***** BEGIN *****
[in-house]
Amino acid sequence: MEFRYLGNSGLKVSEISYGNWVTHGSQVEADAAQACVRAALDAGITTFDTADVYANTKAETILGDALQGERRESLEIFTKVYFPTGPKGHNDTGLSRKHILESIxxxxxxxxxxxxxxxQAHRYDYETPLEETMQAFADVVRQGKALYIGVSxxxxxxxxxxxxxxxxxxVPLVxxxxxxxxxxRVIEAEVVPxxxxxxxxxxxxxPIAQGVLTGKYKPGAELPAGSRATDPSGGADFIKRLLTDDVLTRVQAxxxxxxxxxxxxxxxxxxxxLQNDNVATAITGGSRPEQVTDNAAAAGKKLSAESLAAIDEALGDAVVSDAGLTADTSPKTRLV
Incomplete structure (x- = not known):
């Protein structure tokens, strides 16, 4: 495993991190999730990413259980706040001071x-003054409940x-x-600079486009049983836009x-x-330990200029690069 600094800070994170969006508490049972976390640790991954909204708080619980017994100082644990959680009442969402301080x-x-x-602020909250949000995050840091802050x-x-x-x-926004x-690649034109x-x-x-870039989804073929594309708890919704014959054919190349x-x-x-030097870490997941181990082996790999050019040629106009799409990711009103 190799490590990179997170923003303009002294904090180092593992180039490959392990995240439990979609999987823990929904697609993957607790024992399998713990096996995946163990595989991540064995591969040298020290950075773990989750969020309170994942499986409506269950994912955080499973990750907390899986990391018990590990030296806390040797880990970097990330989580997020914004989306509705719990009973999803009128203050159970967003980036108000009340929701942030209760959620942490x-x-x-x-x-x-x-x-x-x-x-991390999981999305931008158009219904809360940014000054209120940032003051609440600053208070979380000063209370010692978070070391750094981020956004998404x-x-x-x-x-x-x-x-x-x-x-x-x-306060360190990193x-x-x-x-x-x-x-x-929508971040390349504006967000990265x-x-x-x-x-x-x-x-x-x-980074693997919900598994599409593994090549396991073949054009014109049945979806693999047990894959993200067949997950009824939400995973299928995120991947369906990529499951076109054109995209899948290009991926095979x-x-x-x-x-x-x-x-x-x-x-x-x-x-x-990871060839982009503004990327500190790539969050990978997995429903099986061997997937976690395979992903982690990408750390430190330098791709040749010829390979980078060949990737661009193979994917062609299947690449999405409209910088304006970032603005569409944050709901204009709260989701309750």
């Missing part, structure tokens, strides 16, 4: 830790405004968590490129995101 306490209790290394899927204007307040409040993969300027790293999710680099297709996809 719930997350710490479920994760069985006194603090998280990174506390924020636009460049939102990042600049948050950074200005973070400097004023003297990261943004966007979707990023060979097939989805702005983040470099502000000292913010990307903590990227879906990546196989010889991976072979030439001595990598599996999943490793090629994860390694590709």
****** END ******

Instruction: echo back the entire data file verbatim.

[in-house]
Amino acid sequence: MEFRYLGNSGLKVSEISYGNWVTHGSQVEADAAQACVRAALDAGITTFDTADVYANTKAETILGDALQGERRESLEIFTKVYFPTGPKGHNDTGLSRKHILESIxxxxxxxxxxxxxxxQAHRYDYETPLEETMQAFADVVRQGKALYIGVSxxxxxxxxxxxxxxxxxxVPLVxxxxxxxxxxRVIEAEVVPxxxxxxxxxxxxxPIAQGVLTGKYKPGAELPAGSRATDPSGGADFIKRLLTDDVLTRVQAxxxxxxxxxxxxxxxxxxxxLQNDNVATAITGGSRPEQVTDNAAAAGKKLSAESLAAIDEALGDAVVSDAGLTADTSPKTRLV
Incomplete structure (x- = not known):
């Protein structure tokens, strides 16, 4: 495993991190999730990413259980706040001071x-003054409940x-x-600079486009049983836009x-x-330990200029690069 600094800070994170969006508490049972976390640790991954909204708080619980017994100082644990959680009442969402301080x-x-x-602020909250949000995050840091802050x-x-x-x-926004x-690649034109x-x-x-870039989804073929594309708890919704014959054919190349x-x-x-030097870490997941181990082996790999050019040629106009799409990711009103 190799490590990179997170923003303009002294904090180092593992180039490959392990995240439990979609999987823990929904697609993957607790024992399998713990096996995946163990595989991540064995591969040298020290950075773990989750969020309170994942499986409506269950994912955080499973990750907390899986990391018990590990030296806390040797880990970097990330989580997020914004989306509705719990009973999803009128203050159970967003980036108000009340929701942030209760959620942490x-x-x-x-x-x-x-x-x-x-x-991390999981999305931008158009219904809360940014000054209120940032003051609440600053208070979380000063209370010692978070070391750094981020956004998404x-x-x-x-x-x-x-x-x-x-x-x-x-306060360190990193x-x-x-x-x-x-x-x-929508971040390349504006967000990265x-x-x-x-x-x-x-x-x-x-980074693997919900598994599409593994090549396991073949054009014109049945979806693999047990894959993200067949997950009824939400995973299928995120991947369906990529499951076109054109995209899948290009991926095979x-x-x-x-x-x-x-x-x-x-x-x-x-x-x-990871060839982009503004990327500190790539969050990978997995429903099986061997997937976690395979992903982690990408750390430190330098791709040749010829390979980078060949990737661009193979994917062609299947690449999405409209910088304006970032603005569409944050709901204009709260989701309750």
């Missing part, structure tokens, strides 16, 4: 830790405004968590490129995101 306490209790290394899927204007307040409040993969300027790293999710680099297709996809 719930997350710490479920994760069985006194603090998280990174506390924020636009460049939102990042600049948050950074200005973070400097004023003297990261943004966007979707990023060979097939989805702005983040470099502000000292913010990307903590990227879906990546196989010889991976072979030439001595990598599996999943490793090629994860390694590709």